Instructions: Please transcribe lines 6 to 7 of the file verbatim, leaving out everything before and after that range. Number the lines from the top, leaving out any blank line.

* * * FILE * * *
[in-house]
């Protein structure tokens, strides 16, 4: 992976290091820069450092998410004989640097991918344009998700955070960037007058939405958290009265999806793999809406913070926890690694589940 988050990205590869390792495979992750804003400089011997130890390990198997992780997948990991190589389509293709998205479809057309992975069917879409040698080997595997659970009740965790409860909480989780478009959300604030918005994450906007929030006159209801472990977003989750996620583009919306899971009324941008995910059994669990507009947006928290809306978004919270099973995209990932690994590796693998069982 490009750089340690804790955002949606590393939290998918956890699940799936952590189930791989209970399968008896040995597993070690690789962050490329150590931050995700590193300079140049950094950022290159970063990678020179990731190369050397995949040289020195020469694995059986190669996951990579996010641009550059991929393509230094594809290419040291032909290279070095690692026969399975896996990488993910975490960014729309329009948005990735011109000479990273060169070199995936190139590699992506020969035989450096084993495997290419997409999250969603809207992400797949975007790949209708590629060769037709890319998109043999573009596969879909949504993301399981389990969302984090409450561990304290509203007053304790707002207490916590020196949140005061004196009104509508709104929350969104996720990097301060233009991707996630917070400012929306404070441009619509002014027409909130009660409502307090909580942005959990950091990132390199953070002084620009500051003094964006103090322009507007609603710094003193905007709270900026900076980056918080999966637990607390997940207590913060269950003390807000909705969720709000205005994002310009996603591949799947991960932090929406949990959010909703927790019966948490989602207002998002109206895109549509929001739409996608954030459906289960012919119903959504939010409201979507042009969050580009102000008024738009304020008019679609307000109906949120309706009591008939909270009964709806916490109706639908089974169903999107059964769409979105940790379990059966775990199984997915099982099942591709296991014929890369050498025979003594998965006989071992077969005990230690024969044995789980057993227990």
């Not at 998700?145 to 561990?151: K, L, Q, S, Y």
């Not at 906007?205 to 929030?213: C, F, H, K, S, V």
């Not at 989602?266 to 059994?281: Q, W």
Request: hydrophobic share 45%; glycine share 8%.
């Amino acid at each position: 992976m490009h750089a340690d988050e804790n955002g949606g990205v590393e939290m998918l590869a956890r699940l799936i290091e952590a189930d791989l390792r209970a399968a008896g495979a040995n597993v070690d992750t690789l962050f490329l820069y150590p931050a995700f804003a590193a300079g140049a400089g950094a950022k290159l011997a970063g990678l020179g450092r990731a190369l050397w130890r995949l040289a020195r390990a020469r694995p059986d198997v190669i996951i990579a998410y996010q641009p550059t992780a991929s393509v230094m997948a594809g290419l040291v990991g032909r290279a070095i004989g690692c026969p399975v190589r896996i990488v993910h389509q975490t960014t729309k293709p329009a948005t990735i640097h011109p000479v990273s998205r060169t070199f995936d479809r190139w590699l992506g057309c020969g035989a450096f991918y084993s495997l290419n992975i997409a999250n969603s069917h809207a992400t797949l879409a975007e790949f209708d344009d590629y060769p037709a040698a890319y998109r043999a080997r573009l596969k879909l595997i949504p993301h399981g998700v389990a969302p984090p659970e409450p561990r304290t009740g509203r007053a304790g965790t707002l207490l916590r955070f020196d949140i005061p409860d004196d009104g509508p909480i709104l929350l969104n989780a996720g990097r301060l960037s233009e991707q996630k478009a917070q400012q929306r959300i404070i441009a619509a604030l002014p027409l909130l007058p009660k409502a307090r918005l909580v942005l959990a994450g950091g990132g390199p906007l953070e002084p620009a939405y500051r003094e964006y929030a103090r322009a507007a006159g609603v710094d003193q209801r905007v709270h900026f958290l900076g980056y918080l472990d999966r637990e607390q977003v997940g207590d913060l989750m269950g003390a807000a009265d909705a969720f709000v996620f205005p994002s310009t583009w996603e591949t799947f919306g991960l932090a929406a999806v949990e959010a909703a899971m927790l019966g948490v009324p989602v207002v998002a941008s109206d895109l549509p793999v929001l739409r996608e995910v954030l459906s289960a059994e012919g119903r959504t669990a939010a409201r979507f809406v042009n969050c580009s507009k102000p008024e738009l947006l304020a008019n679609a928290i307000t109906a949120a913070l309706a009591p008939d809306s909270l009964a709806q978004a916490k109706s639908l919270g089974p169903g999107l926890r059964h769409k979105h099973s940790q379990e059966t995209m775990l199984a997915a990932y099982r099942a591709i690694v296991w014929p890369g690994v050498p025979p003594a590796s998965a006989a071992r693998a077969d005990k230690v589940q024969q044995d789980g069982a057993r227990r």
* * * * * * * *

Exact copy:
Request: hydrophobic share 45%; glycine share 8%.
């Amino acid at each position: 992976m490009h750089a340690d988050e804790n955002g949606g990205v590393e939290m998918l590869a956890r699940l799936i290091e952590a189930d791989l390792r209970a399968a008896g495979a040995n597993v070690d992750t690789l962050f490329l820069y150590p931050a995700f804003a590193a300079g140049a400089g950094a950022k290159l011997a970063g990678l020179g450092r990731a190369l050397w130890r995949l040289a020195r390990a020469r694995p059986d198997v190669i996951i990579a998410y996010q641009p550059t992780a991929s393509v230094m997948a594809g290419l040291v990991g032909r290279a070095i004989g690692c026969p399975v190589r896996i990488v993910h389509q975490t960014t729309k293709p329009a948005t990735i640097h011109p000479v990273s998205r060169t070199f995936d479809r190139w590699l992506g057309c020969g035989a450096f991918y084993s495997l290419n992975i997409a999250n969603s069917h809207a992400t797949l879409a975007e790949f209708d344009d590629y060769p037709a040698a890319y998109r043999a080997r573009l596969k879909l595997i949504p993301h399981g998700v389990a969302p984090p659970e409450p561990r304290t009740g509203r007053a304790g965790t707002l207490l916590r955070f020196d949140i005061p409860d004196d009104g509508p909480i709104l929350l969104n989780a996720g990097r301060l960037s233009e991707q996630k478009a917070q400012q929306r959300i404070i441009a619509a604030l002014p027409l909130l007058p009660k409502a307090r918005l909580v942005l959990a994450g950091g990132g390199p906007l953070e002084p620009a939405y500051r003094e964006y929030a103090r322009a507007a006159g609603v710094d003193q209801r905007v709270h900026f958290l900076g980056y918080l472990d999966r637990e607390q977003v997940g207590d913060l989750m269950g003390a807000a009265d909705a969720f709000v996620f205005p994002s310009t583009w996603e591949t799947f919306g991960l932090a929406a999806v949990e959010a909703a899971m927790l019966g948490v009324p989602v207002v998002a941008s109206d895109l549509p793999v929001l739409r996608e995910v954030l459906s289960a059994e012919g119903r959504t669990a939010a409201r979507f809406v042009n969050c580009s507009k102000p008024e738009l947006l304020a008019n679609a928290i307000t109906a949120a913070l309706a009591p008939d809306s909270l009964a709806q978004a916490k109706s639908l919270g089974p169903g999107l926890r059964h769409k979105h099973s940790q379990e059966t995209m775990l199984a997915a990932y099982r099942a591709i690694v296991w014929p890369g690994v050498p025979p003594a590796s998965a006989a071992r693998a077969d005990k230690v589940q024969q044995d789980g069982a057993r227990r």